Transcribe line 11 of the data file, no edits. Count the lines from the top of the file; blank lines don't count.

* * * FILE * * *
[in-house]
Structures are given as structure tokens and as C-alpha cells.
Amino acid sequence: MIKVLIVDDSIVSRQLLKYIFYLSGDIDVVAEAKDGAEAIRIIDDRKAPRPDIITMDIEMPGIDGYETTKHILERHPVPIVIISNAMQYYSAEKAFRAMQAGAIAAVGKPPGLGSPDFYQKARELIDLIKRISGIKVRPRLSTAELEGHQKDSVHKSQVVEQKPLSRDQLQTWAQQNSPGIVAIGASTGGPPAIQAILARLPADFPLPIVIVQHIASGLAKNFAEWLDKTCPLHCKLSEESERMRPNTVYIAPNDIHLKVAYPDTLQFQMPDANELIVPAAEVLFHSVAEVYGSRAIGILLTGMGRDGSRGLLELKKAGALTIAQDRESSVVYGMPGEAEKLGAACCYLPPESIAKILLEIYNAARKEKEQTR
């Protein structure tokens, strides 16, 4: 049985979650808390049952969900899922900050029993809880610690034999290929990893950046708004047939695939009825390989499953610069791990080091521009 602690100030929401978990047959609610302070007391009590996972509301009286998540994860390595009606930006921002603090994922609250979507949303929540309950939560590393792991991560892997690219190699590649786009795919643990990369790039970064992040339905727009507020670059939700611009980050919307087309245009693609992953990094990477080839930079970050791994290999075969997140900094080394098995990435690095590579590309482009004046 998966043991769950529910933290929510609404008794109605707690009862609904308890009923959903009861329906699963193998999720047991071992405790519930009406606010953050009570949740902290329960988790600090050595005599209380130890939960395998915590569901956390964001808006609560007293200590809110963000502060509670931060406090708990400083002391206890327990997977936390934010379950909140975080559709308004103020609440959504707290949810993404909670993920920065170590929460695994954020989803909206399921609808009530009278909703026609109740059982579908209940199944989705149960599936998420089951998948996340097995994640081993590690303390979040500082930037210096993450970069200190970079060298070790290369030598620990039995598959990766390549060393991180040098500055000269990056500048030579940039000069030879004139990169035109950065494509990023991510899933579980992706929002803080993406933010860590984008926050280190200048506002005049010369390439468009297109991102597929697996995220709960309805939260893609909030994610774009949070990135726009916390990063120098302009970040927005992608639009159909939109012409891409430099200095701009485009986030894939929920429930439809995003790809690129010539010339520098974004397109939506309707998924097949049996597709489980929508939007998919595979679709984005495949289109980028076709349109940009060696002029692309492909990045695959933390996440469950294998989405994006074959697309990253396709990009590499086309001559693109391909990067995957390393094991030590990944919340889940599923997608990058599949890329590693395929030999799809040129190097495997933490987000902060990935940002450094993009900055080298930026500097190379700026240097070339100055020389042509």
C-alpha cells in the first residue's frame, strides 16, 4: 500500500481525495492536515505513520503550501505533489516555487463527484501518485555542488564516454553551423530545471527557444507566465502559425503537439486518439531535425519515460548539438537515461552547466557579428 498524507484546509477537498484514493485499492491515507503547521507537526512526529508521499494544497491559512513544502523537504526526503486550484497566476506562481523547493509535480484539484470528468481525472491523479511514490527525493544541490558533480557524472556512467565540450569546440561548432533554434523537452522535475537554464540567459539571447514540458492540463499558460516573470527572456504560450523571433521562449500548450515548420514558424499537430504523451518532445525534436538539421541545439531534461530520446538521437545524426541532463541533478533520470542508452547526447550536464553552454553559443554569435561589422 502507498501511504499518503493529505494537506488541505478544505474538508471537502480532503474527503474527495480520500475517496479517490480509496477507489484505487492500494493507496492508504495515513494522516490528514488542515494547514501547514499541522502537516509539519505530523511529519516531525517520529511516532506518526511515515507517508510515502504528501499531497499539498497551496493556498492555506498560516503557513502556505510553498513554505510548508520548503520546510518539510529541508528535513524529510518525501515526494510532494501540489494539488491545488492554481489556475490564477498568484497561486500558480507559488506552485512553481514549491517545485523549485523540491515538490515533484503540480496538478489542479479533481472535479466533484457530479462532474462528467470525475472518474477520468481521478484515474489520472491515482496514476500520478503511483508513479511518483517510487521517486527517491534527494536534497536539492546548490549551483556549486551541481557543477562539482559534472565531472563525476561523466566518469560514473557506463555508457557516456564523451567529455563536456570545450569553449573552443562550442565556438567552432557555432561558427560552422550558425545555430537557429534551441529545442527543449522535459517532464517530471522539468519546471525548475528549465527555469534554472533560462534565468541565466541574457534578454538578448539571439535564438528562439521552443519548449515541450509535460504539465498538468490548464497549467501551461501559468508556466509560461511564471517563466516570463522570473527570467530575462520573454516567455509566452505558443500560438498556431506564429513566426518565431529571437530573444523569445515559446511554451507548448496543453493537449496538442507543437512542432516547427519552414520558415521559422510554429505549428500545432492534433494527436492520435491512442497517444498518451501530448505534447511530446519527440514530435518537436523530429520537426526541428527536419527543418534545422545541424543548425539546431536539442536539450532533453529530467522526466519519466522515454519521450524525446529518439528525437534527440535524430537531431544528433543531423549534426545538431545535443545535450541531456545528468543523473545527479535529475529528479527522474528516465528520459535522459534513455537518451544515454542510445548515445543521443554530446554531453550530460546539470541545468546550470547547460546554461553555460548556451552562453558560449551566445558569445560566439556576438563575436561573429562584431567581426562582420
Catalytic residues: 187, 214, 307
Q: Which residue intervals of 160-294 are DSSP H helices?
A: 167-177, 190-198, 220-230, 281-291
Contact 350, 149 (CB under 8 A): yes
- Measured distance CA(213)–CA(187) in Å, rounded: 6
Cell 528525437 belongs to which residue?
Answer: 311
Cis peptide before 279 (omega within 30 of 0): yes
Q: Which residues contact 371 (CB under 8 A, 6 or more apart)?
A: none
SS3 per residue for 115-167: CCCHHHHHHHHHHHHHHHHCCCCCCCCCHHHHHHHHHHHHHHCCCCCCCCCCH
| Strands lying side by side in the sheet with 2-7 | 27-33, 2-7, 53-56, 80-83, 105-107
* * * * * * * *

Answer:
Cell 528525437 belongs to which residue?